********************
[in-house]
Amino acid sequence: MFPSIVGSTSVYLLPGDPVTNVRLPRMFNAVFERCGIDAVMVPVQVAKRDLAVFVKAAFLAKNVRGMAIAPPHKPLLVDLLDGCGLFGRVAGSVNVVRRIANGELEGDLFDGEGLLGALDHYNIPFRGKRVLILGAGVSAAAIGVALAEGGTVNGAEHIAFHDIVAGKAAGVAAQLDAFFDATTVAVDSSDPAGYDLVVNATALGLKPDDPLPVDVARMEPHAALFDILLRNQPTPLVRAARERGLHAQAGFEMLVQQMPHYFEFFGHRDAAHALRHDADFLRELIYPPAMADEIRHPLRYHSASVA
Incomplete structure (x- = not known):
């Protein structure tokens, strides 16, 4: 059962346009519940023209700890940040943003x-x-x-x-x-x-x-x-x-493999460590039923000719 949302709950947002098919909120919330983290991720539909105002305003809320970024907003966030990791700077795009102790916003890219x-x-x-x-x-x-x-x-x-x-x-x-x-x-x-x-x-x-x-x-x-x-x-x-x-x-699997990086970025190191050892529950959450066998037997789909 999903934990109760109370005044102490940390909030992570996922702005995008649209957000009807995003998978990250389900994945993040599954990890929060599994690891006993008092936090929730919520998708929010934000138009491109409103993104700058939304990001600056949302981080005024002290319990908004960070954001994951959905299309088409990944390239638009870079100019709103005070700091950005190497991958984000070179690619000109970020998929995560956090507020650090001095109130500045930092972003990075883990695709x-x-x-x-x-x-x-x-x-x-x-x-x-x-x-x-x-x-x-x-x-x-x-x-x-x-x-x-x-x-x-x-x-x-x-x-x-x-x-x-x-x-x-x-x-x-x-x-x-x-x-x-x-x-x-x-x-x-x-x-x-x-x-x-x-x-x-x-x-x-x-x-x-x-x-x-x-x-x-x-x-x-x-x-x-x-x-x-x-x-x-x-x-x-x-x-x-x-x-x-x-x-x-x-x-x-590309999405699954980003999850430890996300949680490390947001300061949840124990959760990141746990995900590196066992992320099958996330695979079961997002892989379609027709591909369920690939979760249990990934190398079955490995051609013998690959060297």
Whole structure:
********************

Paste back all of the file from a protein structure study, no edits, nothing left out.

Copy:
[in-house]
Amino acid sequence: MFPSIVGSTSVYLLPGDPVTNVRLPRMFNAVFERCGIDAVMVPVQVAKRDLAVFVKAAFLAKNVRGMAIAPPHKPLLVDLLDGCGLFGRVAGSVNVVRRIANGELEGDLFDGEGLLGALDHYNIPFRGKRVLILGAGVSAAAIGVALAEGGTVNGAEHIAFHDIVAGKAAGVAAQLDAFFDATTVAVDSSDPAGYDLVVNATALGLKPDDPLPVDVARMEPHAALFDILLRNQPTPLVRAARERGLHAQAGFEMLVQQMPHYFEFFGHRDAAHALRHDADFLRELIYPPAMADEIRHPLRYHSASVA
Incomplete structure (x- = not known):
């Protein structure tokens, strides 16, 4: 059962346009519940023209700890940040943003x-x-x-x-x-x-x-x-x-493999460590039923000719 949302709950947002098919909120919330983290991720539909105002305003809320970024907003966030990791700077795009102790916003890219x-x-x-x-x-x-x-x-x-x-x-x-x-x-x-x-x-x-x-x-x-x-x-x-x-x-699997990086970025190191050892529950959450066998037997789909 999903934990109760109370005044102490940390909030992570996922702005995008649209957000009807995003998978990250389900994945993040599954990890929060599994690891006993008092936090929730919520998708929010934000138009491109409103993104700058939304990001600056949302981080005024002290319990908004960070954001994951959905299309088409990944390239638009870079100019709103005070700091950005190497991958984000070179690619000109970020998929995560956090507020650090001095109130500045930092972003990075883990695709x-x-x-x-x-x-x-x-x-x-x-x-x-x-x-x-x-x-x-x-x-x-x-x-x-x-x-x-x-x-x-x-x-x-x-x-x-x-x-x-x-x-x-x-x-x-x-x-x-x-x-x-x-x-x-x-x-x-x-x-x-x-x-x-x-x-x-x-x-x-x-x-x-x-x-x-x-x-x-x-x-x-x-x-x-x-x-x-x-x-x-x-x-x-x-x-x-x-x-x-x-x-x-x-x-x-590309999405699954980003999850430890996300949680490390947001300061949840124990959760990141746990995900590196066992992320099958996330695979079961997002892989379609027709591909369920690939979760249990990934190398079955490995051609013998690959060297």
Whole structure: